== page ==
Hand-foot-and-mouth disease (HFMD) is usually caused by coxsackievirus A16 (named after Coxsackie, New York, where it was first found), a virus that is part of the enterovirus group. Other enteroviruses might lead to HFMD, as well.
Hand-Foot-and-Mouth Disease Infection Information
HFMD is a mild, but highly contagious, infection that starts with a sore throat, low-grade fever, headache, and loss of appetite (infants and toddlers with HFMD can be irritable). The infection is spread through direct contact with the saliva, mucus, blister fluid, or feces of infected people. Within one or two days, sores develop on the tongue, gums, and inside of the cheeks.
Likewise, a skin rash of red spots or blisters may appear on the palms of the hands, fingers (especially on the sides), soles of the feet, and, sometimes, buttocks. HFMD is not the same as foot-and-mouth disease (also called hoof-and-mouth disease), which is found in cattle, sheep, pigs, and other animals.
The majority of HFMD cases are minor, and most people recover in seven to ten days without medical treatment. However, dehydration is common because the sores in the mouth can make swallowing difficult. In rare cases, someone infected with HFMD can also develop viral meningitis (inflammation of the membranes and fluid that surround the brain and spinal cord) or other serious diseases, such as encephalitis (inflammation of the brain) and a poliolike illness that causes paralysis. Serious outbreaks of this infection have occurred in Southeast Asia over the past few years.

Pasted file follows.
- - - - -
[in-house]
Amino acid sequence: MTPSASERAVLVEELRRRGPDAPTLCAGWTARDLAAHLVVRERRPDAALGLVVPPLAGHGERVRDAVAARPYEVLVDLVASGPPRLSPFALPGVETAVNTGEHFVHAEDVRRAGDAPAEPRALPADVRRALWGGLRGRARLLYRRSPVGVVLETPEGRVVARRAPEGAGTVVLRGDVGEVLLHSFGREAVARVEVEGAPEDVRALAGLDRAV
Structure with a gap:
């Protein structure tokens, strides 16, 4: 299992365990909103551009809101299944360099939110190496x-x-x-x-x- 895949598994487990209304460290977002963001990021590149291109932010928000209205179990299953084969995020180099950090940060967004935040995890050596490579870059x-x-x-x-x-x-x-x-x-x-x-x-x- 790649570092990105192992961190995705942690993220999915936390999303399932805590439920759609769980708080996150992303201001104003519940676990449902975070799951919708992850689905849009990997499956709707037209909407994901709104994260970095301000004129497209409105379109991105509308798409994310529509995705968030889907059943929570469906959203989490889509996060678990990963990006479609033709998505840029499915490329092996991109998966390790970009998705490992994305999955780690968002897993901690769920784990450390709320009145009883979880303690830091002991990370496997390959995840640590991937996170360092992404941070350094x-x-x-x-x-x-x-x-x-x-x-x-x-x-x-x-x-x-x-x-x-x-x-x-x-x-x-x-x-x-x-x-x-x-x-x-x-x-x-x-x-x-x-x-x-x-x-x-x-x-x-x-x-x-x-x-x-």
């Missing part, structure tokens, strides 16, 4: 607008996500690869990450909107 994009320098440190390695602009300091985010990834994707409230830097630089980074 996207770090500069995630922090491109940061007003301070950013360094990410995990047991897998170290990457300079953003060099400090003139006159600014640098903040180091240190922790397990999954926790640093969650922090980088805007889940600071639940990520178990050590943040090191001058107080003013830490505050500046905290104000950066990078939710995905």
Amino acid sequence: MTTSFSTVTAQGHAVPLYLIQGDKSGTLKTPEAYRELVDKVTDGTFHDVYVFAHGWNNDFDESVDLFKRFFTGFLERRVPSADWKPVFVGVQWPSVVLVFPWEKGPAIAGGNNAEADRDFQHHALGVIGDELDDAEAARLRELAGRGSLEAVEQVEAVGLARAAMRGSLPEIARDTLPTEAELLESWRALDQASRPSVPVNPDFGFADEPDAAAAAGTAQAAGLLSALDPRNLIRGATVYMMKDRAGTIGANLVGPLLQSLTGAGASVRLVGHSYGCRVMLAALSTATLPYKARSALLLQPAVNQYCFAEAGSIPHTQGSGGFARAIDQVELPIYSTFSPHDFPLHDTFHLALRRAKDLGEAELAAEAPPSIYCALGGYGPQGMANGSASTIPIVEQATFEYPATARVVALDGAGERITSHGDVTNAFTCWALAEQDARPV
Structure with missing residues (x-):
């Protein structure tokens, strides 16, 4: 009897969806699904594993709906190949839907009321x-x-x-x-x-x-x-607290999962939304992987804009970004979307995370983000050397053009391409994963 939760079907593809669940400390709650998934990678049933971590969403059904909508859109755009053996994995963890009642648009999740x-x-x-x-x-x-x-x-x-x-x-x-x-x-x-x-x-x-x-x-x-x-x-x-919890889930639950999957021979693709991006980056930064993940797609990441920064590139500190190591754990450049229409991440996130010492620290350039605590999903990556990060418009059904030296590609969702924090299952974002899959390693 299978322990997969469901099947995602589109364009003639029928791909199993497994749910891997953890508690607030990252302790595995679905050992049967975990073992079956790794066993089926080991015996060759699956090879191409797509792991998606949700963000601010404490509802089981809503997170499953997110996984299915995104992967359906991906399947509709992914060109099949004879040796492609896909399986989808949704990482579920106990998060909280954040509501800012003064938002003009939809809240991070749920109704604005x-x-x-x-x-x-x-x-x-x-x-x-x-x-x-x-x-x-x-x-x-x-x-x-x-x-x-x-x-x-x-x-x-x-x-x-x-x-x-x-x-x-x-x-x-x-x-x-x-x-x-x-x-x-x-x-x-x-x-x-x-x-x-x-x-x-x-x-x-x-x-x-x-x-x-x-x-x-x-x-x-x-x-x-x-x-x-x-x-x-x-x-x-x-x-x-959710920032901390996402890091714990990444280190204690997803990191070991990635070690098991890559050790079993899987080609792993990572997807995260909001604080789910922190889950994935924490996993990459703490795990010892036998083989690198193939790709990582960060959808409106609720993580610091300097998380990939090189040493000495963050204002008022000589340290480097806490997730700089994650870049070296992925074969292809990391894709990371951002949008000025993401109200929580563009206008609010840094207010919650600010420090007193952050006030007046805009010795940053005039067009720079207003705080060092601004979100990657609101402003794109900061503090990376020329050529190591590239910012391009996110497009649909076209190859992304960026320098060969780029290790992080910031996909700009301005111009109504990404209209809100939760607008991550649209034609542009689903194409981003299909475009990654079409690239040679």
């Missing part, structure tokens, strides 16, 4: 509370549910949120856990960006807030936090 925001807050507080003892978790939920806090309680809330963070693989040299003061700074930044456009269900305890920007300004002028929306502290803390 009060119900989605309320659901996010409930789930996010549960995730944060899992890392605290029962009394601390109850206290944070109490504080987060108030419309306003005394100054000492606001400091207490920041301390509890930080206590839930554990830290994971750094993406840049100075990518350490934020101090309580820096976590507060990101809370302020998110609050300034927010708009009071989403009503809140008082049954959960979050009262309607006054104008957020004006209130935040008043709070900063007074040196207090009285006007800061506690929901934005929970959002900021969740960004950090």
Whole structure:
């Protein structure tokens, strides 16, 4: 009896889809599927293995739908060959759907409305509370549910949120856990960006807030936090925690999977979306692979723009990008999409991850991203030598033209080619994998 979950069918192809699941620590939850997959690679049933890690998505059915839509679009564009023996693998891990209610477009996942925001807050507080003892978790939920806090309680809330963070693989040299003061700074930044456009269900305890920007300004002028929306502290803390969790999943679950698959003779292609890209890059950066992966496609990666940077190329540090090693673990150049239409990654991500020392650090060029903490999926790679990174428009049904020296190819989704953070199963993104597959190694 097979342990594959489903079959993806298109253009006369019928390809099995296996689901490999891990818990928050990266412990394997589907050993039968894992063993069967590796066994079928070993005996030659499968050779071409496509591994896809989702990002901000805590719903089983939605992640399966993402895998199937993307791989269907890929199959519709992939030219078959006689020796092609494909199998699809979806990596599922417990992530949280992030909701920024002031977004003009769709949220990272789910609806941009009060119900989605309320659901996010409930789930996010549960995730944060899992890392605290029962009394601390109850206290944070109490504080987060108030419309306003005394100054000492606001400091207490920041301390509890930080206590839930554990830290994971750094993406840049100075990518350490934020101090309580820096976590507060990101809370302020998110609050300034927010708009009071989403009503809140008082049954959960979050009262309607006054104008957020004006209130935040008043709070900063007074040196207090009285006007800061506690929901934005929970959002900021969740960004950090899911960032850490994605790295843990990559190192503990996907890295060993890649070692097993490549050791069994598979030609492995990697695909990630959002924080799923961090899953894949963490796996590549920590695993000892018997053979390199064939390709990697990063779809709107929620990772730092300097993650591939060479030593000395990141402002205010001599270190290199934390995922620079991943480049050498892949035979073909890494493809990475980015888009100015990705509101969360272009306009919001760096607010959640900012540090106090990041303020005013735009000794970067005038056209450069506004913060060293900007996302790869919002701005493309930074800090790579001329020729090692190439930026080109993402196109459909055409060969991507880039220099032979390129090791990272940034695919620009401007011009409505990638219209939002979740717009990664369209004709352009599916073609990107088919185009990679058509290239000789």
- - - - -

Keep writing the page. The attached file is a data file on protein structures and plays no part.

Who's at Risk for Hand-Foot-and-Mouth Disease?
HFMD occurs primarily in children younger than 10, including infants, but anyone can contract it. Pregnant women should be especially wary of this disease. Infection at the time of delivery can, in rare cases, cause life-threatening illnesses in a newborn.
Defensive Measures Against Hand-Foot-and-Mouth Disease
There is no vaccine to prevent HFMD, but standard preventive measures can help. Don't share eating utensils or drinking glasses, avoid close contact with infected people, don't touch blisters or lesions, wash your hands thoroughly and often, cover your nose and mouth when coughing or sneezing, wash and disinfect toys and common surfaces, and keep children who have a fever or open sores away from child-care settings.
Head lice can spread like wildfire among children and can cause itching and small red sores. Go to the next page to learn about preventing and eradicating these persistent vermin.
This information is solely for informational purposes. IT IS NOT INTENDED TO PROVIDE MEDICAL ADVICE. Neither the Editors of Consumer Guide (R), Publications International, Ltd., the author nor publisher take responsibility for any possible consequences from any treatment, procedure, exercise, dietary modification, action or application of medication which results from reading or following the information contained in this information. The publication of this information does not constitute the practice of medicine, and this information does not replace the advice of your physician or other health care provider. Before undertaking any course of treatment, the reader must seek the advice of their physician or other health care provider.